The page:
By Agence France-Presse
Scientists in the United States have detected the highest levels of carbon dioxide that has warmed the planet in the Earth's atmosphere since the beginning of the record, sounding a new alarm about the relentless rise of man-made greenhouse gas emissions.
The Mauna Loa Observatory in Hawaii, which has monitored atmospheric CO2 levels since the late 1950s, detected 415.26 parts per million (ppm) on Saturday morning.
It was also the first time the observatory measured a daily baseline above 415 ppm.
The last time the Earth's atmosphere contained this CO2 was over three million years ago, when global sea level was several meters higher and parts of Antarctica were covered by forests.
"This shows that we are not on track to protect the climate. The number continues to increase and is increasing year after year, "Wolfgang Lucht of the Potsdam Institute for Climate Impact Research (PIK) told AFP.
"That number needs to stabilize."
But far from stabilizing, levels of CO2 – one of a trinity of greenhouse gases produced when fossil fuels are burned – are rising faster and faster.
Ralph Keeling, director of Scripps Institution's Oceanography CO2 Program, said the trend is likely to continue through 2019 – probably a year of El Nino when temperatures rise due to warmer ocean currents.
"The average growth rate remains high. The increase from last year will likely be around three parts per million, while the recent average was 2.5 ppm, "he said.
"We are probably seeing the effect of the mild El Niño conditions beyond the continued use of fossil fuels."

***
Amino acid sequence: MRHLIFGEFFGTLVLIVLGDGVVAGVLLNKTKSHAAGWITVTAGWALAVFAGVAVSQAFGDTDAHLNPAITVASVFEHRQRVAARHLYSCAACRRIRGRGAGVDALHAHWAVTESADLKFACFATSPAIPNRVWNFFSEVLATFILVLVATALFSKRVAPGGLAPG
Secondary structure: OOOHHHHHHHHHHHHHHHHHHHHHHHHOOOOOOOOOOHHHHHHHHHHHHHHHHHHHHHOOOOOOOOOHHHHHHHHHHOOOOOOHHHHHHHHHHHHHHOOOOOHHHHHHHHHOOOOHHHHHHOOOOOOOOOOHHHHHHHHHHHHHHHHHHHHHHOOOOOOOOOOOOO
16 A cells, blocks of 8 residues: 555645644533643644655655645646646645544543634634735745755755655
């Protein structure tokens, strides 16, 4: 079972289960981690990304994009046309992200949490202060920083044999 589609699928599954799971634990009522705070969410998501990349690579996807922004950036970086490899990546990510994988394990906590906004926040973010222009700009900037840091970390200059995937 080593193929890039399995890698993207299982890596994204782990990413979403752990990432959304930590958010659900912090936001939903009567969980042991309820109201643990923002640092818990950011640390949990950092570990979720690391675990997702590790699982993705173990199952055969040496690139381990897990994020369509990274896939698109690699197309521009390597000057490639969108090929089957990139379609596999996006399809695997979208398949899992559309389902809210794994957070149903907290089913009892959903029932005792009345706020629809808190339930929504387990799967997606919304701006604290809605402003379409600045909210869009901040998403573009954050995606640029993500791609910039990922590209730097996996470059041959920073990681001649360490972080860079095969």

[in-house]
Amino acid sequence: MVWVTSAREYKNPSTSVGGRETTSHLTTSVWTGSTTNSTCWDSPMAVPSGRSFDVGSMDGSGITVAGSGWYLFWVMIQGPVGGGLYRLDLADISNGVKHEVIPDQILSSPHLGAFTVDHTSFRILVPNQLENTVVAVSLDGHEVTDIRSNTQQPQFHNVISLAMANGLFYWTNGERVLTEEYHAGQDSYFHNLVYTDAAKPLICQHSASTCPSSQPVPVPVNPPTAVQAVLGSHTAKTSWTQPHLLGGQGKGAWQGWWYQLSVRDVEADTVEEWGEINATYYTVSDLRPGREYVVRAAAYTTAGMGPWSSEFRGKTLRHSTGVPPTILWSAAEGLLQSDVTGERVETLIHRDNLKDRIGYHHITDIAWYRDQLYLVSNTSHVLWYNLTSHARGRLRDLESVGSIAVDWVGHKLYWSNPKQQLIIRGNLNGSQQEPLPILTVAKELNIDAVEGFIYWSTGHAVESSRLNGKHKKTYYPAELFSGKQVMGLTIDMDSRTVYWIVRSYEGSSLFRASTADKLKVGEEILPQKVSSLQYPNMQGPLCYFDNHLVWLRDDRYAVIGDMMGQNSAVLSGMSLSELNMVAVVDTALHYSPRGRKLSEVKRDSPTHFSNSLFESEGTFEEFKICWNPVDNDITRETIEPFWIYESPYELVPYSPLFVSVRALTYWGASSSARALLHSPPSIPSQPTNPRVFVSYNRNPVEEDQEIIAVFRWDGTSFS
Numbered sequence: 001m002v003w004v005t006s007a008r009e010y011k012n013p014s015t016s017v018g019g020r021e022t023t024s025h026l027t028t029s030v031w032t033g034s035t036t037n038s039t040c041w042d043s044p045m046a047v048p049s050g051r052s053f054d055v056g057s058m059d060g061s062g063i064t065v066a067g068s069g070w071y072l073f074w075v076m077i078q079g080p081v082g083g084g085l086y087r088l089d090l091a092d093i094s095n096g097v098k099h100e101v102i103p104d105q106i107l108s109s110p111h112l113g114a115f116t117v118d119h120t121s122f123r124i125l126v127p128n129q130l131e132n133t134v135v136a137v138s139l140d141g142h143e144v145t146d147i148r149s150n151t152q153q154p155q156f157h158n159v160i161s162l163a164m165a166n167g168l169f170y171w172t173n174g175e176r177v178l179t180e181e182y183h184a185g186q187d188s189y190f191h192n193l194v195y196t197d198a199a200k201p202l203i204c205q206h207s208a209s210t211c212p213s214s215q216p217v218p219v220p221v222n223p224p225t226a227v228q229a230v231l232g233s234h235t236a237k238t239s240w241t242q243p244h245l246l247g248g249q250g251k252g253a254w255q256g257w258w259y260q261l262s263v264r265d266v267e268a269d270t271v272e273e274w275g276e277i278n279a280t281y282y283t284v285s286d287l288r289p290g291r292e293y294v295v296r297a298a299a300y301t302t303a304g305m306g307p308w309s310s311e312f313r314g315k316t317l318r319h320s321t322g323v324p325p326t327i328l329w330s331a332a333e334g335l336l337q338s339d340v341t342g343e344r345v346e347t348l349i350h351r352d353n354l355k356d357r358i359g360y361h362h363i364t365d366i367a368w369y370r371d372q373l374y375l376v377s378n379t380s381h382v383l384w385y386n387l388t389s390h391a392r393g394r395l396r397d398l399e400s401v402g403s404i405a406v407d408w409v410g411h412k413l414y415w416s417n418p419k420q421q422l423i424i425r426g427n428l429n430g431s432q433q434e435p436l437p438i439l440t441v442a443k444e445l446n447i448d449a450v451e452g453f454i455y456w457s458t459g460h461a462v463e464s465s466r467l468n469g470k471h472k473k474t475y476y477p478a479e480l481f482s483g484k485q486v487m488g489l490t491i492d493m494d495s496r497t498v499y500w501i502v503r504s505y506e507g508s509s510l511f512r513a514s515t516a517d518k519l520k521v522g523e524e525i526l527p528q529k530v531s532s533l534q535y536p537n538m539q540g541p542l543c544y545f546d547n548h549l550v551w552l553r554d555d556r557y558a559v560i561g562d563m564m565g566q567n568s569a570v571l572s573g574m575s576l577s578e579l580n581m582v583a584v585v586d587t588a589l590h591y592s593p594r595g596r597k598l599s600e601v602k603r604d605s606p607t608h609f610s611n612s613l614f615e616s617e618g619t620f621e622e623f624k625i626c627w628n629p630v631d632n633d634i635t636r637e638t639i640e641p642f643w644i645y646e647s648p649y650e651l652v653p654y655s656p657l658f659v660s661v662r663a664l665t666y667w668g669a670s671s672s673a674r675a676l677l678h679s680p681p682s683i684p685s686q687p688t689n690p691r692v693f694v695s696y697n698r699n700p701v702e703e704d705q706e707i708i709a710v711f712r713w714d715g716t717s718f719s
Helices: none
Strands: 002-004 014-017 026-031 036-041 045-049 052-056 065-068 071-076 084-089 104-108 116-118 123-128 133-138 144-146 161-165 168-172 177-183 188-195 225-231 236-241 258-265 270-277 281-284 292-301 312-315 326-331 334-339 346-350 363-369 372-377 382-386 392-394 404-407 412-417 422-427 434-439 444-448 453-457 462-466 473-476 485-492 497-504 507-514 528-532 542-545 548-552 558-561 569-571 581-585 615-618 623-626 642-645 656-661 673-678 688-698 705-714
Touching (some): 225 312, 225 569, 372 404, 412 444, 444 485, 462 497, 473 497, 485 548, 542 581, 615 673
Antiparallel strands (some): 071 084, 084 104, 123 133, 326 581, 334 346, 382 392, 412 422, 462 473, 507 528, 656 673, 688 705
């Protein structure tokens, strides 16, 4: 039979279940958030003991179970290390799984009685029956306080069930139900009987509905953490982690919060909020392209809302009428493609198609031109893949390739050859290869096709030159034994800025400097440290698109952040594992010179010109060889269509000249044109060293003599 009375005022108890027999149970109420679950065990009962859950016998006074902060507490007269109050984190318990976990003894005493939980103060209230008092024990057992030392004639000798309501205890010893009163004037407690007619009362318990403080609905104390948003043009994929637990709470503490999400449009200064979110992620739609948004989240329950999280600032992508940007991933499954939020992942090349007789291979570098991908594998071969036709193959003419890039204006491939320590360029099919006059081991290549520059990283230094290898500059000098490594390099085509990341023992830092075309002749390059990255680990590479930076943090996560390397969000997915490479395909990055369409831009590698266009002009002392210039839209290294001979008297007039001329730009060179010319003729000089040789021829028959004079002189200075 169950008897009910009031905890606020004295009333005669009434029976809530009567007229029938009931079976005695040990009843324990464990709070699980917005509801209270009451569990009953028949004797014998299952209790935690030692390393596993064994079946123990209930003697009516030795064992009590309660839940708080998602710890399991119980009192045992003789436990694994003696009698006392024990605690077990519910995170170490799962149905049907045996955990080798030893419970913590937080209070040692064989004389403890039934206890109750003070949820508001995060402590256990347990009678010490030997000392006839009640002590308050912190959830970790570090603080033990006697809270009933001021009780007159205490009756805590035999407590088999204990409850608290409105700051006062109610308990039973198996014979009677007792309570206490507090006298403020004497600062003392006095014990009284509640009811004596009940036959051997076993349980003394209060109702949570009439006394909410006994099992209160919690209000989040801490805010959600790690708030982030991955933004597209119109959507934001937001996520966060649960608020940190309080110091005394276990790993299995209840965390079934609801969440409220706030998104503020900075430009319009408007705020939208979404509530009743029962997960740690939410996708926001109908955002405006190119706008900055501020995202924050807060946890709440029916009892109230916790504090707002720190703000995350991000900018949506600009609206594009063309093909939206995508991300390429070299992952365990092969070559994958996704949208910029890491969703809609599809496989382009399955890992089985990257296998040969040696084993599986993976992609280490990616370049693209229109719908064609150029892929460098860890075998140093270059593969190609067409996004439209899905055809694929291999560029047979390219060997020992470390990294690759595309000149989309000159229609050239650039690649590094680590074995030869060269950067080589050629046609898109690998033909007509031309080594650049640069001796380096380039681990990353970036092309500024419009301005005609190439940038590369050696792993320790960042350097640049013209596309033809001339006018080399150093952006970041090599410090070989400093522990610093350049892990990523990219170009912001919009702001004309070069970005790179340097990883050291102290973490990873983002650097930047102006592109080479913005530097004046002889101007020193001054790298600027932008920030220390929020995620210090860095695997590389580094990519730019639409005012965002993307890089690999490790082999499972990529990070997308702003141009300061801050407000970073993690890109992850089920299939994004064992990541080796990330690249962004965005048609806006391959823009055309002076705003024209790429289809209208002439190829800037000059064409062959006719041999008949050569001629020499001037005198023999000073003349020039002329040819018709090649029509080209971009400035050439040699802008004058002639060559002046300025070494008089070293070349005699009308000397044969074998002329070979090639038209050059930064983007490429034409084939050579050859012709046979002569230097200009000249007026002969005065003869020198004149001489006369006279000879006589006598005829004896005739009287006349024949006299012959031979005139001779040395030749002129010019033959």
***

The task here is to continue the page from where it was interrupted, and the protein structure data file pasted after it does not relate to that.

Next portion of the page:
"Increasing the Rising Rate"
The 2015 Paris Accord calls on humanity to block the Earth's temperature rise by "well below" 2 degrees Celsius (3.6 Fahrenheit) compared to pre-industrial levels, and 1.5 C if possible.
The last four years have been the hottest four ever recorded, and despite the agreement in Paris and the growing public awareness of the problem, humanity continues to break its own emissions records year after year.
The average surface temperature of the Earth has already increased by 1.0C since pre-industrial times due to man-made emissions.
"The whole history of humanity is in a colder climate than now," Lucht said.
"Every time an engine runs, we emit CO2 and it needs to go somewhere. It does not miraculously disappear, it remains in the atmosphere.
"Despite the Paris climate agreement, despite all the speeches and protests – we are not seeing that we are doubling the curve yet," he added.
While there is some disagreement as to what constitutes "safe" atmospheric CO2 levels, there is a broad consensus that 350 ppm – a level surpassed in the late 1980s – would prevent uncontrolled global warming.
"350 ppm is a precautionary value because some of the consequences of being above 400 may still be evolving," Lucht said.
"But as we are not on the right track, any value we can stabilize is a victory."
The 415 ppm threshold was first exceeded earlier this month and has risen further.
"I'm old enough to remember when going 400 ppm was a big deal," said Gernot Wagner, an associate researcher at Harvard University on Twitter.
"Two years ago, we reached 410 ppm for the first time. So far, it's 415 ppm. And ah, the increase is increasing at an increasing rate!